shows that the former models a kk-disk whose center point carries a singularity: the fields at the bounding S k1S^{k-1} take values in the moduli space of the ambient theory Π(H 1/H 2)\Pi(H_1/H_2), but then at the tip of the “cap” there is a “field insertion” of a field with values in Π(H 0/H 2)\Pi(H_0/H_2). Hence this labels a defect of codimension kk.

To construct such a decay-process span that captures the above story from Preskill-Vilenkin 92, consider the following diagram:

[Π(S k),Π(H 0/H 1)] [Π(S k1),ΩΠ(H 0/H 1)] [Π(S k1),Π(H 1/H 2)] (pb) [Π(D k),Π(H 0/H 2)] [*,Π(H 0/H 2)] [Π(S k1),Π(H 0/H 2)] \array{ && [\Pi(S^{k}), \Pi(H_0/H_1)] \\ && \downarrow \\ && [\Pi(S^{k-1}), \Omega\Pi(H_0/H_1)] \\ & \swarrow && \searrow \\ [\Pi(S^{k-1}), \Pi(H_1/H_2)] && (pb) && [\Pi(D^k), \Pi(H_0/H_2)] & \simeq & [\ast, \Pi(H_0/H_2)] \\ & \searrow & & \swarrow \\ && [\Pi(S^{k-1}), \Pi(H_0/H_2)] }

This may be read as follows:

  1. on the far left [Π(S k),Π(H 1/H 2)][\Pi(S^k), \Pi(H_1/H_2)] is the space of fields of the ambient theory at energy scale E 2E_2 around the defect;

  2. the bottom left map is the “fluctuation” map that sends these fields to fields at the higher energy scale E 1E_1;

  3. the bottom right map exhibt the possible “decays”: a lift through this map takes a field configuration that winds around a kk-ball and contracts it through that kk-ball, hence going forth and back through the bottom two maps corresponds to carrying a defect over the energy barrier from E 2E_2 to E 1E_1 and there having it decay away.

  4. these decaying configurations are therefore given by the homotopy fiber product of the bottom two functions, which is [Π(S k1),ΩΠ(H 0/H 1)][\Pi(S^{k-1}), \Omega\Pi(H_0/H_1)], as indicated. But this space is really given by field configurations at energy scale E 1E_1 that wind around a (k+1)(k+1)-ball, as shown at the very top.

Hence the top part of this diagram is a span that exhibits a defect-of-defects which tells just the story that (Preskill-Vilenkin 92) is telling: a codimension-kk defect of the low energy theory decays at higher energy, and the decay is witnessed by the appearance of a codimension (k+1)(k+1)-defect of the high energy theory.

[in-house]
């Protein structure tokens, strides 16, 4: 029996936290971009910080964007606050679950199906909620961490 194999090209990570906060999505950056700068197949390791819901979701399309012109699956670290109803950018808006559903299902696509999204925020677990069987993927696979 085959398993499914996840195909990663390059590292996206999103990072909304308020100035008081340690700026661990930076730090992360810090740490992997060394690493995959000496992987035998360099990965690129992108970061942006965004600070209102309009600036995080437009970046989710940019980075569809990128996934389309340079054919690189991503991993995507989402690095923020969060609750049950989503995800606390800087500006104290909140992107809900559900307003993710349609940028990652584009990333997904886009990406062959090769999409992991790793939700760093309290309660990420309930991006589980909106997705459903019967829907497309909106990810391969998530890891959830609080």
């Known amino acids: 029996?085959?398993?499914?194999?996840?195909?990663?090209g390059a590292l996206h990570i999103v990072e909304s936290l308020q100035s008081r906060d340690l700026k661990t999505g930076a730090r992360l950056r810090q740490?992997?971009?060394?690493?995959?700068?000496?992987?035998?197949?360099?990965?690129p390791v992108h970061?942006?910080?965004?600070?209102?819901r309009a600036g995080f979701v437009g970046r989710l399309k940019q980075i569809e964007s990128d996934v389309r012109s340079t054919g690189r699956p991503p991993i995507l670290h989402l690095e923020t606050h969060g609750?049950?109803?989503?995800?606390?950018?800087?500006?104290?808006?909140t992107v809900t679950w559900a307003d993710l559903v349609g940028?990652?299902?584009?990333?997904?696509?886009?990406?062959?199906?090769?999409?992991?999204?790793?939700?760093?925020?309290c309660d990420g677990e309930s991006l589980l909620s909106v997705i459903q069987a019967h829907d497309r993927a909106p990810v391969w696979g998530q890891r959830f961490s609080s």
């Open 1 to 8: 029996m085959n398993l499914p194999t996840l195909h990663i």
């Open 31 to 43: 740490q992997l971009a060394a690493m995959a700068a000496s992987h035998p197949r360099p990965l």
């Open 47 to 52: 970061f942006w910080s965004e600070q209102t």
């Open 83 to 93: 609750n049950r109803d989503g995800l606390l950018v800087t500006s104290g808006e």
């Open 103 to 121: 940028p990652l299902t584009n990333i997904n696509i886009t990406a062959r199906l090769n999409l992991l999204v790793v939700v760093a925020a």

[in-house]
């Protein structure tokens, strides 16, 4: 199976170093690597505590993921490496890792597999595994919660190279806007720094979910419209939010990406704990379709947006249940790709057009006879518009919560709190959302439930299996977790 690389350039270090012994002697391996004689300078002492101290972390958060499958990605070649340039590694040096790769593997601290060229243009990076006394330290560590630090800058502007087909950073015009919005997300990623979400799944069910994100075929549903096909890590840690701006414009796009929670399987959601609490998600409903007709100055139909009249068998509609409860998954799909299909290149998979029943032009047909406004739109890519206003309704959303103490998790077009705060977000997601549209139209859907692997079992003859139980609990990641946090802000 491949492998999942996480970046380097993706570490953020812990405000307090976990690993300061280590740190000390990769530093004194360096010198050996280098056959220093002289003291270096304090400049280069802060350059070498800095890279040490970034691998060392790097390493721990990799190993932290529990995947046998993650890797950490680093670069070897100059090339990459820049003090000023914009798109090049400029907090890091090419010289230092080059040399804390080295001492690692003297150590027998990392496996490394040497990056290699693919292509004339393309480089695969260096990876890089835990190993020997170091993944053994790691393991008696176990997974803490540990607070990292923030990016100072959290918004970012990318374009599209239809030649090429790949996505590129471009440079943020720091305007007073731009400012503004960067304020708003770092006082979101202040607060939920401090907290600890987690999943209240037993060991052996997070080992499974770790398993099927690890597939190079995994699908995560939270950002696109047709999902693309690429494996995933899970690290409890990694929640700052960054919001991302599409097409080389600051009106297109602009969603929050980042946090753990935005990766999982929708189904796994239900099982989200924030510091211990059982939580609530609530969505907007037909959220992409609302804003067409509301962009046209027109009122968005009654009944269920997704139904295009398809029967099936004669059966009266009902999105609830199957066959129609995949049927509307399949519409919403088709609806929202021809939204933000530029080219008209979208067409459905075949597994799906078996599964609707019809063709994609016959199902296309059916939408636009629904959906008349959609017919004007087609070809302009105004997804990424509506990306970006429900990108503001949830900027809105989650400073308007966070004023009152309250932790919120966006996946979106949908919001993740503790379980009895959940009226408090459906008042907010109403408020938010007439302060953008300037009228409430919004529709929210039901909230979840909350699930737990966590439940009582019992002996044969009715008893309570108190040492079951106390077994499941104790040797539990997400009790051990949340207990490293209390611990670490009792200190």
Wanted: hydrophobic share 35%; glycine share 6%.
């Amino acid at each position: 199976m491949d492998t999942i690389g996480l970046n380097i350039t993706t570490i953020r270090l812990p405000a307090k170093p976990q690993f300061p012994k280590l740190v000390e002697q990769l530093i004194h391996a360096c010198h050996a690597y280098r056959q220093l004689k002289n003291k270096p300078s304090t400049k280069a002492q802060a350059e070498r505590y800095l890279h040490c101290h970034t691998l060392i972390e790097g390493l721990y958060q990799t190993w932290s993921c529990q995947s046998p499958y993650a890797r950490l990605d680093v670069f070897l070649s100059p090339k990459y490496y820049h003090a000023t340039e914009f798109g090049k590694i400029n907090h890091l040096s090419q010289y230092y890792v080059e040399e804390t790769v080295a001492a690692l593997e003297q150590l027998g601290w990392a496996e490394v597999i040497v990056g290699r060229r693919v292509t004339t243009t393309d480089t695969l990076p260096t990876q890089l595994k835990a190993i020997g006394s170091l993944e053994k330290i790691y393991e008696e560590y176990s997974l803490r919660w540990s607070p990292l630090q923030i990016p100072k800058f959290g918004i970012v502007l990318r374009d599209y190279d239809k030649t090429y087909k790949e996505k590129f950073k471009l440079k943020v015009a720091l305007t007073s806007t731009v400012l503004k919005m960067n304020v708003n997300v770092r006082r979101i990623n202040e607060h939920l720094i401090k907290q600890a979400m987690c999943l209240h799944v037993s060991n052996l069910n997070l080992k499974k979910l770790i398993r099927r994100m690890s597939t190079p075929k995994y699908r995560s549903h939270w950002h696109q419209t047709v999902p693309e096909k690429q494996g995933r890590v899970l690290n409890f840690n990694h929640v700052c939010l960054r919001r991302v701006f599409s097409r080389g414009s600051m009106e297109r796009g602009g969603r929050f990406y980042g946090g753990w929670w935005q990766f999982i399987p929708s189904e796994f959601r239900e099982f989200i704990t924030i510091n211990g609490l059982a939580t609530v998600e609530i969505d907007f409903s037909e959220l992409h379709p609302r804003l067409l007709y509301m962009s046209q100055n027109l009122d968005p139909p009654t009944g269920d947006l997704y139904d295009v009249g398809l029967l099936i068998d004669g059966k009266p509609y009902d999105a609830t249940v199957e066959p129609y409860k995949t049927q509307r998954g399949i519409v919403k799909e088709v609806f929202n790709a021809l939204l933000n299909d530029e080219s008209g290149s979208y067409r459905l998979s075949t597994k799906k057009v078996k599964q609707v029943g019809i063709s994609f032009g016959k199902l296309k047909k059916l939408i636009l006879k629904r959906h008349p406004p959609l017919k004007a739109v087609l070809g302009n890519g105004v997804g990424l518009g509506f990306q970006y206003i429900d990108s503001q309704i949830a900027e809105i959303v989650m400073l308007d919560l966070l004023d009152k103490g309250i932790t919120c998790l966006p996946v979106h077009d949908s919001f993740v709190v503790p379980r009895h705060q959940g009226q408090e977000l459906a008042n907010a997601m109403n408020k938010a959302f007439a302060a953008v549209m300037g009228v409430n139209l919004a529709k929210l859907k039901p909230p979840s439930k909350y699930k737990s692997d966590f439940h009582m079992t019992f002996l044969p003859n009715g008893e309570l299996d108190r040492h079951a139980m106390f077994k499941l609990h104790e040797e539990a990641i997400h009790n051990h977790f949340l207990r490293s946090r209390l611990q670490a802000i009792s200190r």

highenergycodim(k+1)defects lowenergycodimkdefectswiththeirdecayprocesses lowenergycodimkdefects (pb) highenergydecayprocesses tunnel apply codimkdefectsraisedtohigherenergy \array{ && {high\;energy \atop codim-(k+1)\;defects} \\ && \downarrow \\ && {low\;energy\;codim-k\;defects \atop with\;their\;decay\;processes} \\ & \swarrow && \searrow \\ {low\;energy \atop codim-k\;defects} && (pb) && {high\;energy \atop decay\;processes} \\ & {}_{\mathllap{tunnel}}\searrow & & \swarrow_{\mathrlap{apply}} \\ && {codim-k\;defects \atop raised\;to\;higher\;energy} }


singularityfield theory with singularities
boundary condition/braneboundary field theory
domain wall/bi-braneQFT with defects



A general formulation via an (∞,n)-category of cobordisms with defects is in section 4.3 of

Further general aspects are discussed in

Details in dimension 2 and 3 are discussed in

Discussion of defects in prequantum field theory, hence for coefficients in an (∞,n)-category of spans is in



Examples in physics of interaction of defects of various dimension is discussed in

  • Muneto Nitta, Defect formation from defect–anti-defect annihilations, Phys. Rev. D85:101702,2012 (arXiv:1205.2442)

In 2d field theory

Lecture notes include

In Chern-Simons theory

Defects in Chern-Simons theory and related systems are discussed in

Defects in higher dimensional Chern-Simons theory on manifolds with corners are discussed in

Topological defects in gauge theories with broken symmetry

The following references discuss the traditional notion of topological defects in the vacuum structure of gauge theory with spontaneous symmetry breaking such as domain walls, cosmic strings and monopoles.

Discussion of “topological defects in gauge theory” in higher codimension is in

  • Alexander Vilenkin, E.P.S. Shellard, Cosmic strings and other topological defects, Cambridge University Press (1994)

In solid state physics

Defects field theory motivated from solid state physics is discussed in

Revised on July 21, 2016 04:14:23 by Urs Schreiber (